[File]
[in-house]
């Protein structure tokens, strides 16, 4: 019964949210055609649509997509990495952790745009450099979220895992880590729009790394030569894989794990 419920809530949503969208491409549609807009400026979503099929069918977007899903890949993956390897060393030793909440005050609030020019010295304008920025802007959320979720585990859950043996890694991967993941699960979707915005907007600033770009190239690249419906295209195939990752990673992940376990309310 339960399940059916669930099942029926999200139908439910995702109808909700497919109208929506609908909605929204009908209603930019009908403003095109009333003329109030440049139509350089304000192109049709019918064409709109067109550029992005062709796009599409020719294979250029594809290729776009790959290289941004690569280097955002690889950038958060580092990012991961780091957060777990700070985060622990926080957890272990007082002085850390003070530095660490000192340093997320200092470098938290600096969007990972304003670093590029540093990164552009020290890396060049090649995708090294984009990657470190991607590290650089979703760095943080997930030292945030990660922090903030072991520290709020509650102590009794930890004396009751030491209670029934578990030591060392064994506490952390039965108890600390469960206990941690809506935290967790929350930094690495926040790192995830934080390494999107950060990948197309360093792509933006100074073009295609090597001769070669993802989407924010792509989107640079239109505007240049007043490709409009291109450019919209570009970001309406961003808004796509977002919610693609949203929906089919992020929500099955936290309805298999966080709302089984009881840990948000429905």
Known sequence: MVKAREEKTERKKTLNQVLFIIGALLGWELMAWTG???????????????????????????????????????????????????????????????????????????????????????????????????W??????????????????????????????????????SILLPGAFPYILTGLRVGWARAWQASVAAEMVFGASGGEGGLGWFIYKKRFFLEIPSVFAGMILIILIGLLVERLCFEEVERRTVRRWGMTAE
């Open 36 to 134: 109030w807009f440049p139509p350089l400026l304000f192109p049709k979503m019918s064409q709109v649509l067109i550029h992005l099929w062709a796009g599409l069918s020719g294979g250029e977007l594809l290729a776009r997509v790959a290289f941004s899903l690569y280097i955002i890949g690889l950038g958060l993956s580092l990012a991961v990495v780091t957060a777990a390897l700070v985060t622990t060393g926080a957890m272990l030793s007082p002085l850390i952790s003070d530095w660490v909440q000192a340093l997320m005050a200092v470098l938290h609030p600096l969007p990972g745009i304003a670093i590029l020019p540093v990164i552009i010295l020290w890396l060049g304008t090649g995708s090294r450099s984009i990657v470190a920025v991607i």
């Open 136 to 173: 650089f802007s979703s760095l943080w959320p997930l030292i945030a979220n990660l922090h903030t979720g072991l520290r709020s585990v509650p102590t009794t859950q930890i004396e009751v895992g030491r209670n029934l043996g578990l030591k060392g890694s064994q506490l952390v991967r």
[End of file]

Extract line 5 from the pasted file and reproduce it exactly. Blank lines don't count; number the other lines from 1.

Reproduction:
């Open 136 to 173: 650089f802007s979703s760095l943080w959320p997930l030292i945030a979220n990660l922090h903030t979720g072991l520290r709020s585990v509650p102590t009794t859950q930890i004396e009751v895992g030491r209670n029934l043996g578990l030591k060392g890694s064994q506490l952390v991967r």